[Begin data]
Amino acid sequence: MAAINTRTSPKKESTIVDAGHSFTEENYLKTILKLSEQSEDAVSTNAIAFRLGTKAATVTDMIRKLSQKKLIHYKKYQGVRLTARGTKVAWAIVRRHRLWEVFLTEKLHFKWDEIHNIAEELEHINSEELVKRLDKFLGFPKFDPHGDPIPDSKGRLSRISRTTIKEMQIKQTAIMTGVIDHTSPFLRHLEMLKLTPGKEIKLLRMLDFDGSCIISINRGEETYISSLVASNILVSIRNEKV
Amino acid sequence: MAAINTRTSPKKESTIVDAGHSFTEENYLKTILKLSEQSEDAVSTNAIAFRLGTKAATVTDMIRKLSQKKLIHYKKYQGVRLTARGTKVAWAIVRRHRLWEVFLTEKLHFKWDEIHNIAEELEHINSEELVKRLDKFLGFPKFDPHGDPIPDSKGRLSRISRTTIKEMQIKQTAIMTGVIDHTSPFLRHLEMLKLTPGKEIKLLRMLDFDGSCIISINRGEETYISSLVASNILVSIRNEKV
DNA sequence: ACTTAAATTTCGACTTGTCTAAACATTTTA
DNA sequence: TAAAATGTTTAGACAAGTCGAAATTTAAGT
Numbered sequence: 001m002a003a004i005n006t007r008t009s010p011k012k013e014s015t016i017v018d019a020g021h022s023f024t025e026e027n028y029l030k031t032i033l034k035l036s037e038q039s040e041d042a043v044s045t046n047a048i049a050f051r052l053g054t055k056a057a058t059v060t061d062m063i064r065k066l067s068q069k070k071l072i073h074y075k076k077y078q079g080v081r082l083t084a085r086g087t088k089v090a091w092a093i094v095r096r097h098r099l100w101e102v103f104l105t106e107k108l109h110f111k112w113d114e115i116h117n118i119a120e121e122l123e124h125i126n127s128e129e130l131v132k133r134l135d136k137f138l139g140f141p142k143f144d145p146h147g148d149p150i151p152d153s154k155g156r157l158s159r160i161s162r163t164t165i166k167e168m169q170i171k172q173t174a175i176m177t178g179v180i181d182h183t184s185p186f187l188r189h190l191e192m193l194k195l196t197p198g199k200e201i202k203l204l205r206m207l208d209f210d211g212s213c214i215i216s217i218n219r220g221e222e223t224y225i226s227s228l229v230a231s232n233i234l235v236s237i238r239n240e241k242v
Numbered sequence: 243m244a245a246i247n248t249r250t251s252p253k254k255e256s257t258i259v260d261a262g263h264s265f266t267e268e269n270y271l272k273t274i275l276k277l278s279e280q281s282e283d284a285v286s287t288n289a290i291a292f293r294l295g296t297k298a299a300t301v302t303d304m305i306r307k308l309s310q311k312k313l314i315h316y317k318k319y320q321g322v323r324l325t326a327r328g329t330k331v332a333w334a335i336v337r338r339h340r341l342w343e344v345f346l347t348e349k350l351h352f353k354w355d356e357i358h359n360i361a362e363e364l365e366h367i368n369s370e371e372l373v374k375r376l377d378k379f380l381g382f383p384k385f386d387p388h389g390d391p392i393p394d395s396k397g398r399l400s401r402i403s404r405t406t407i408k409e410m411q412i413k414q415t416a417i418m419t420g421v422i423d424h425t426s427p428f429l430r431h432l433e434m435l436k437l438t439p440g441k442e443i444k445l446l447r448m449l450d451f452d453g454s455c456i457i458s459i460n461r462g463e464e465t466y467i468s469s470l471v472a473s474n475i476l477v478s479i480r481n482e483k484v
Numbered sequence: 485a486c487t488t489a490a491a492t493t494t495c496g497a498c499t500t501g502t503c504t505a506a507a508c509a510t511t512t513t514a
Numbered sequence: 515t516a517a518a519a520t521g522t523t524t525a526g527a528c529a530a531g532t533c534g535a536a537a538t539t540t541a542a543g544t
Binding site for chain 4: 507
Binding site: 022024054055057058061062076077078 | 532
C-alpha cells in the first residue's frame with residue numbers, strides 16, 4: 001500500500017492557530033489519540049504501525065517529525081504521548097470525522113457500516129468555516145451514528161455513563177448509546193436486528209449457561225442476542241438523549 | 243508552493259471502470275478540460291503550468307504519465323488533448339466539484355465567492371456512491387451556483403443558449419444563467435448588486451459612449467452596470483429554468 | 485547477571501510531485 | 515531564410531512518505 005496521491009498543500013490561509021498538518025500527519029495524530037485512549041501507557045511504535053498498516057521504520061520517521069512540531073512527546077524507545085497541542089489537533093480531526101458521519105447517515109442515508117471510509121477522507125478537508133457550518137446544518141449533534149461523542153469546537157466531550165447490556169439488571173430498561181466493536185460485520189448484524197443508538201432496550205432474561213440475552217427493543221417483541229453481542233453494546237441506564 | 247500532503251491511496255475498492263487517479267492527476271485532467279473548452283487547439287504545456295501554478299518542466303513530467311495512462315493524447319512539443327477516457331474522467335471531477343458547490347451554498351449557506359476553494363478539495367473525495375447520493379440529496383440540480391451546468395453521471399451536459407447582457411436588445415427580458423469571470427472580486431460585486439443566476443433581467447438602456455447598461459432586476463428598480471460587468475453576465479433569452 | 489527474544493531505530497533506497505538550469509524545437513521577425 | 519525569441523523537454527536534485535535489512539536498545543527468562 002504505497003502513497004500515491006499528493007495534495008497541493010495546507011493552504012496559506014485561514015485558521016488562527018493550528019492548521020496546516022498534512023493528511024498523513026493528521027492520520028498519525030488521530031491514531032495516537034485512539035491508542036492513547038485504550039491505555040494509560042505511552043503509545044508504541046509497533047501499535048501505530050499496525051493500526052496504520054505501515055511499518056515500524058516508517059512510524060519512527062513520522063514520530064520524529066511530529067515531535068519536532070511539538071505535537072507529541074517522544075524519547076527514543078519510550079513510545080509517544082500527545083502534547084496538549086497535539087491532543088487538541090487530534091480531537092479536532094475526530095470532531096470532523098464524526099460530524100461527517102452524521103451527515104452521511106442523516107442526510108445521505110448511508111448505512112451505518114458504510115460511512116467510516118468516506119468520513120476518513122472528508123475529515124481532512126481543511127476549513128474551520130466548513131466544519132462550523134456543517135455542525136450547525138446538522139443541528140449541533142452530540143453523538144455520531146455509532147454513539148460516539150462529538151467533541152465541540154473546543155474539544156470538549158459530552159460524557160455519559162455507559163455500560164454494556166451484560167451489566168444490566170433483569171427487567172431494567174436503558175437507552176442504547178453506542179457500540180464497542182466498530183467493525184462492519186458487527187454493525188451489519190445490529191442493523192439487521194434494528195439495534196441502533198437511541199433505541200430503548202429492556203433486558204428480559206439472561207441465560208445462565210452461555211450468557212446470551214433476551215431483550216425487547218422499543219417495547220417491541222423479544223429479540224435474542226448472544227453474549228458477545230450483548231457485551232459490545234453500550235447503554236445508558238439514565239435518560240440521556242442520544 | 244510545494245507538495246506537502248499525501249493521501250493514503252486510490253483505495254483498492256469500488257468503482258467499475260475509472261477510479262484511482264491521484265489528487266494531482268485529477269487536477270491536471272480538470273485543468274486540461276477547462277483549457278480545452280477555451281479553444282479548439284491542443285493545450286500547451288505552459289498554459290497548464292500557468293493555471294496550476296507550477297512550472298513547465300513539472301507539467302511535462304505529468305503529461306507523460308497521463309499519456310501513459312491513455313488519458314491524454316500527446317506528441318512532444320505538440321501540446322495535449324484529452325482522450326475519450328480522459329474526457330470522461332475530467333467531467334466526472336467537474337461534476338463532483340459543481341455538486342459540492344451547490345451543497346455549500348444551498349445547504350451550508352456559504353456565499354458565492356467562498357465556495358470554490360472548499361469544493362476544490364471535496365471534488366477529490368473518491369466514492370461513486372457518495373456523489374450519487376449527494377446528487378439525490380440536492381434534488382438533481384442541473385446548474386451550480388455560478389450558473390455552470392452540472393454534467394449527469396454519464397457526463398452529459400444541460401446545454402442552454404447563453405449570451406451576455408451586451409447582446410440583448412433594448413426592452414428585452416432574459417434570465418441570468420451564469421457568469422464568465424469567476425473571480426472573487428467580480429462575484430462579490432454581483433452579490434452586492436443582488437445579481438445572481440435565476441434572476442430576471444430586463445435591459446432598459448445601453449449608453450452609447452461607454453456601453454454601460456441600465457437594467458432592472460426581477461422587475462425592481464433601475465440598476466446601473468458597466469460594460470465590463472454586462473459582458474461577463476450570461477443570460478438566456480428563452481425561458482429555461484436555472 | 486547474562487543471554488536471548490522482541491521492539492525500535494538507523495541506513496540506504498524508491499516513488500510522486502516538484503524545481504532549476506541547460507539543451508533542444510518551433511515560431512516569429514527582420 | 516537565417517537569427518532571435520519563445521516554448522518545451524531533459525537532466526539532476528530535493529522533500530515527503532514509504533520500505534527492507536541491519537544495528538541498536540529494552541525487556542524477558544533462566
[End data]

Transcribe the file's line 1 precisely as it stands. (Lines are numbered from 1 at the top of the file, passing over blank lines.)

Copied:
Amino acid sequence: MAAINTRTSPKKESTIVDAGHSFTEENYLKTILKLSEQSEDAVSTNAIAFRLGTKAATVTDMIRKLSQKKLIHYKKYQGVRLTARGTKVAWAIVRRHRLWEVFLTEKLHFKWDEIHNIAEELEHINSEELVKRLDKFLGFPKFDPHGDPIPDSKGRLSRISRTTIKEMQIKQTAIMTGVIDHTSPFLRHLEMLKLTPGKEIKLLRMLDFDGSCIISINRGEETYISSLVASNILVSIRNEKV